Hostcpu yearcpucoresjobsmemorybuildworld+buildkernel time freeBSD version (host)
i3 NucQ4 2019Intel Core i3-10110U @ 2.10GHz4464GB228 minutes14-CURRENT
AMD DesktopQ1 2015Opteron 63803232128GB58 minutes14-CURRENT
Xeon dev box in data centerQ2 2016Intel(R) Xeon(R) CPU E5-2650 v4 @ 2.20GHz481128GB619 minutes12.2-RELEASE
Xeon dev box in data centerQ2 2016Intel(R) Xeon(R) CPU E5-2650 v4 @ 2.20GHz4824128GB42 minutes12.2-RELEASE
Xeon dev box in data centerQ2 2016Intel(R) Xeon(R) CPU E5-2650 v4 @ 2.20GHz4848128GB29 minutes12.2-RELEASE

From this table you should get a good idea of how generations of processor and number of cores affect the build process. Increasing the number of cores does not offer a linear increase in build time improvement.


FreeBSD is great in that it lets you do development the way that you want to, even though, when you are starting out, this level of choice can make it difficult to figure out what you should do. The FreeBSD build system offers a lot of power, but it is a complex machine and it takes study to figure out how to use all of its power. If you want to start FreeBSD development hopefully this article has offered some pointers to software and suggested a hardware configuration (throw all the cores you can at it) that will help you get the most out of your hacking time.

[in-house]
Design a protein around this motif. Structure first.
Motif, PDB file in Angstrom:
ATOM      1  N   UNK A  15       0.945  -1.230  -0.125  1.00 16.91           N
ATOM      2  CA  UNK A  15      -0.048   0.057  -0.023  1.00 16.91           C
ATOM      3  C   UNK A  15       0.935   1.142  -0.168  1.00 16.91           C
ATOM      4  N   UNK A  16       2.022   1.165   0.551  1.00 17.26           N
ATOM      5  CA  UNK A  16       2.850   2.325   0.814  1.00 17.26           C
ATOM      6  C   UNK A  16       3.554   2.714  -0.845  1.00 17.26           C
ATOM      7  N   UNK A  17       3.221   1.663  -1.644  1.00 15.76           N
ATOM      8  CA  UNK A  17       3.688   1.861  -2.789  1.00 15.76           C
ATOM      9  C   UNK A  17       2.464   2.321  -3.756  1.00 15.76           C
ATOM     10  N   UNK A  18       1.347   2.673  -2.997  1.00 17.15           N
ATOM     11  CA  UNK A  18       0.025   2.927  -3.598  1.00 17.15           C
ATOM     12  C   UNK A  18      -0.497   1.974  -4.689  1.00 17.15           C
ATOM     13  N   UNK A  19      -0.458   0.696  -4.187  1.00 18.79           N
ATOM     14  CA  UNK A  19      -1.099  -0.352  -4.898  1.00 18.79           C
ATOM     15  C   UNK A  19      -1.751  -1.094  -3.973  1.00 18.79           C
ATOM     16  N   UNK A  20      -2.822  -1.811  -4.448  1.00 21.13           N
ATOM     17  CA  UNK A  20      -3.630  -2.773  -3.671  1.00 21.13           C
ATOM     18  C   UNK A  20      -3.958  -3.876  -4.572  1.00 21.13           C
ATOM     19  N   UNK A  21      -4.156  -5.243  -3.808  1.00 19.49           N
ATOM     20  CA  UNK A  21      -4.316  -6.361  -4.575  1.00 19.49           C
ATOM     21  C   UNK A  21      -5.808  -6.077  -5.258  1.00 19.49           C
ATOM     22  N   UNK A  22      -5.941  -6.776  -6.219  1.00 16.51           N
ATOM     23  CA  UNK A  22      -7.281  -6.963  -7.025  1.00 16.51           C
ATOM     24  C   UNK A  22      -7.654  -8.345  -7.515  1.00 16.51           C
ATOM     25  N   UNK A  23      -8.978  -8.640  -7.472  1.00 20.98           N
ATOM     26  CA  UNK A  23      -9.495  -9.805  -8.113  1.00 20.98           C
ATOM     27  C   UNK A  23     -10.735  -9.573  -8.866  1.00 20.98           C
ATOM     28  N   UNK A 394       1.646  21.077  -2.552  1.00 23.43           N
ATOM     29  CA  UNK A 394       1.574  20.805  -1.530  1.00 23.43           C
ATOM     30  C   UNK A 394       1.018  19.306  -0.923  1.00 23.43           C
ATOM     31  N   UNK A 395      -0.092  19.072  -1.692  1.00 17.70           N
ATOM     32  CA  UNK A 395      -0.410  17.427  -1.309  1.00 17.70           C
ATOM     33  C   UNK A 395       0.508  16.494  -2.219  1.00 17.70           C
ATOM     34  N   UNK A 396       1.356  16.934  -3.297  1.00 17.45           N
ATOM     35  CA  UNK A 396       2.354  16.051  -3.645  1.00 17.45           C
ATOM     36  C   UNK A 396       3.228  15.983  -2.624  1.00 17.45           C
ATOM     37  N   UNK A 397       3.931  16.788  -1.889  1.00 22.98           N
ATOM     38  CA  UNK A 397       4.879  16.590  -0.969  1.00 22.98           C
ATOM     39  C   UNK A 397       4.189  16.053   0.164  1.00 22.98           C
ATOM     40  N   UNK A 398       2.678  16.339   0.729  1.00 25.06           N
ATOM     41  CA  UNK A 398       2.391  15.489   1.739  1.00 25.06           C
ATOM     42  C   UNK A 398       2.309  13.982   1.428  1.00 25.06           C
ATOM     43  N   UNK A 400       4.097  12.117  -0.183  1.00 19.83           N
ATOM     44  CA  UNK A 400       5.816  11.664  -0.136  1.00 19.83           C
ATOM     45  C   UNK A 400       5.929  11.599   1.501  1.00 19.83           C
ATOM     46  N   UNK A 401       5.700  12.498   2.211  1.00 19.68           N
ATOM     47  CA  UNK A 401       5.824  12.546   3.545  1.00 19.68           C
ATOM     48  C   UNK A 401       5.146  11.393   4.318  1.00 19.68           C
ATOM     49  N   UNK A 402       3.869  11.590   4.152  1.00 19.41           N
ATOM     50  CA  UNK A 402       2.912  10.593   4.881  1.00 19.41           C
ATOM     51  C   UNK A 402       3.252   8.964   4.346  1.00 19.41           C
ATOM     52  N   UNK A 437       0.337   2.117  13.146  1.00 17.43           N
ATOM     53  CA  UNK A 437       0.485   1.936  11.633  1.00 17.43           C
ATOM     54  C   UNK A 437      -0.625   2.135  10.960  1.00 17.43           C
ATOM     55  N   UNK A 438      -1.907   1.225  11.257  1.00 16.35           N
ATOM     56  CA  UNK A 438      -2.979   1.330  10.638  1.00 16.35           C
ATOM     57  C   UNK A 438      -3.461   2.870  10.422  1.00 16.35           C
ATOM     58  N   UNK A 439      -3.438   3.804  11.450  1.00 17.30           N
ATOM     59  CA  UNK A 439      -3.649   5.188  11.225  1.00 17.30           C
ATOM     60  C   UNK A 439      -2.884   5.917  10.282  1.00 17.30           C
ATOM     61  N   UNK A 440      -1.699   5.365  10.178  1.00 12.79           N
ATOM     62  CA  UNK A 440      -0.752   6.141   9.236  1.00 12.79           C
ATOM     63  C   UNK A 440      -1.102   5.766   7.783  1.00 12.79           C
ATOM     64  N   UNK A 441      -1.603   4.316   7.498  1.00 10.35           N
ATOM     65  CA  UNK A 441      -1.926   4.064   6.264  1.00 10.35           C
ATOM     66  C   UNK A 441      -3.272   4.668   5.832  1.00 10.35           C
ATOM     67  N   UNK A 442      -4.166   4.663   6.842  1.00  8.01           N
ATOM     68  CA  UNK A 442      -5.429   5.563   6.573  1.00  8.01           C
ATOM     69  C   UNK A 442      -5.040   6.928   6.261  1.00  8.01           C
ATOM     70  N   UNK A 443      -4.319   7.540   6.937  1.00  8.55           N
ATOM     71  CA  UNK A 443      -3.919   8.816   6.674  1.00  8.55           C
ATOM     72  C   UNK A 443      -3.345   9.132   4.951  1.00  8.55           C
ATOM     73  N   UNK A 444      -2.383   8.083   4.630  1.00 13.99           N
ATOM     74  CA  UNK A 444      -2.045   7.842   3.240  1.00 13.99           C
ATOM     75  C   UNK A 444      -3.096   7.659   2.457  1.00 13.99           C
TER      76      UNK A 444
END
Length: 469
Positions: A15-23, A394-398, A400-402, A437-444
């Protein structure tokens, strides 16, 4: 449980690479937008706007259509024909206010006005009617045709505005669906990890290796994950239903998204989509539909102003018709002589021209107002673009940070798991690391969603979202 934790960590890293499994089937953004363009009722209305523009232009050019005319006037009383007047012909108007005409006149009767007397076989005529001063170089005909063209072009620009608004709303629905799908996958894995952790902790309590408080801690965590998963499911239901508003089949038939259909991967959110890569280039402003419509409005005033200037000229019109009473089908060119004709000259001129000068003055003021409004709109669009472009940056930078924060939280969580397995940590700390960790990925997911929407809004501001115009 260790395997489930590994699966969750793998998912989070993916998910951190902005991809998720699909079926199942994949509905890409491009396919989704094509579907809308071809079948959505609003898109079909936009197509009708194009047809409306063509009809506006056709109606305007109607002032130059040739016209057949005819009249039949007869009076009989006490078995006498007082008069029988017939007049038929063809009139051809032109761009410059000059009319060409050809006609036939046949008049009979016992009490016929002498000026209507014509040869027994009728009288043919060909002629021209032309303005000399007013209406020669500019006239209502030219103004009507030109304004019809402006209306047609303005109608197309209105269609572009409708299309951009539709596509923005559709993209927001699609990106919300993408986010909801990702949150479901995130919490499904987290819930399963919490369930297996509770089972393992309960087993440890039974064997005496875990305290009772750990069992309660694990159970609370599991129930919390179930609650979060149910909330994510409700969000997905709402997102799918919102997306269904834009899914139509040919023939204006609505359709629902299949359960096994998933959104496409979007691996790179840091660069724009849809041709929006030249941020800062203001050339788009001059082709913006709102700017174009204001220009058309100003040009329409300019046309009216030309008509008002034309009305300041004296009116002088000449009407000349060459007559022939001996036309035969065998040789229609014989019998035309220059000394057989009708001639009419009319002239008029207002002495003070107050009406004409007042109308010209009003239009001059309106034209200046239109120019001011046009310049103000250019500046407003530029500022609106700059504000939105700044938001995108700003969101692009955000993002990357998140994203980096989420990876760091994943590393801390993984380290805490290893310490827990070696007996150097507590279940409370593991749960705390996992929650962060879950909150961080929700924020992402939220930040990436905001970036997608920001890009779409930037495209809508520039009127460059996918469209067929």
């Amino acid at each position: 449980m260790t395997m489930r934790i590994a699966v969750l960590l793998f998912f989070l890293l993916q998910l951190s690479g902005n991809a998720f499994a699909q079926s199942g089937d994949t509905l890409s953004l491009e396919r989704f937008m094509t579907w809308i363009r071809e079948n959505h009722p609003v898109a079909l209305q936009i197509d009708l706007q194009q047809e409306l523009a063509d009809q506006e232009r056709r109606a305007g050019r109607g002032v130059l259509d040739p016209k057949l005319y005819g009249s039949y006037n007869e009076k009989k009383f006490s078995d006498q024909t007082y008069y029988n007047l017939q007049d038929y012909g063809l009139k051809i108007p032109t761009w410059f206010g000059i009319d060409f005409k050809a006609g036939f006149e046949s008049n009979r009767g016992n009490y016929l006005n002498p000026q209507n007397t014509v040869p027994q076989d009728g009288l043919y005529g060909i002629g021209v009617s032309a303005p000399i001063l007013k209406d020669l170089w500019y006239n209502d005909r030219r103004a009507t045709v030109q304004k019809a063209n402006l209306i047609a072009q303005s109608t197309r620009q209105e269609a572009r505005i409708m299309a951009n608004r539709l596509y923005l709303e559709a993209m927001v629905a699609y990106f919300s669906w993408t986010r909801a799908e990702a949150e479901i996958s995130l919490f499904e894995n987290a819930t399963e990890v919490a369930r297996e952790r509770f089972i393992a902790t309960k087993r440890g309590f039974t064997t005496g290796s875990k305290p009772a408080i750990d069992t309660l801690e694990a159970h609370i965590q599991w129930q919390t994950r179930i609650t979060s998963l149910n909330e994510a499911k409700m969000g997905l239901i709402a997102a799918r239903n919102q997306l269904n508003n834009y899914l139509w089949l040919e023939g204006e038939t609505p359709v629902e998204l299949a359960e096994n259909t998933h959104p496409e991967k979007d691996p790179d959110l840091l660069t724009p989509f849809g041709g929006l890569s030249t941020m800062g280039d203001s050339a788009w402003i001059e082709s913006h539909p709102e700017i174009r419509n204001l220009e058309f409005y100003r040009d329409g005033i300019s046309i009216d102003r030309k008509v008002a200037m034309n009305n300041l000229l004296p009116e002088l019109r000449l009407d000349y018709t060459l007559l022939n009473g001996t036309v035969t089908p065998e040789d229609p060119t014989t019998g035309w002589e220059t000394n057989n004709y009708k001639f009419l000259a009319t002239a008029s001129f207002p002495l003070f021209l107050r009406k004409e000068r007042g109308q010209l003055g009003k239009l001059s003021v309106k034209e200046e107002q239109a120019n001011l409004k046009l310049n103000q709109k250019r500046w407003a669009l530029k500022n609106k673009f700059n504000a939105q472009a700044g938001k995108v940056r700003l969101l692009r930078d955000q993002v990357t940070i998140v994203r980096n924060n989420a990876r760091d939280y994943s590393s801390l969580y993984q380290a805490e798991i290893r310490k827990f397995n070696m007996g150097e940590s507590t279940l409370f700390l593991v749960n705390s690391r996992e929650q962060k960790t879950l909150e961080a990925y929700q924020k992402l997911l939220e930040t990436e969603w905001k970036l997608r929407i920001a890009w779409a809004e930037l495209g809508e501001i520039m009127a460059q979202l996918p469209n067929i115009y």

<strong>Meet the author:</strong> Tom Jones
Meet the author: Tom Jones

Tom Jones is an Internet Researcher and FreeBSD developer that works on improving the core protocols that drive the Internet. He is a contributor to open standards in the IETF and is enthusiastic about using FreeBSD as a platform to experiment with new networking ideas as they progress towards standardisation.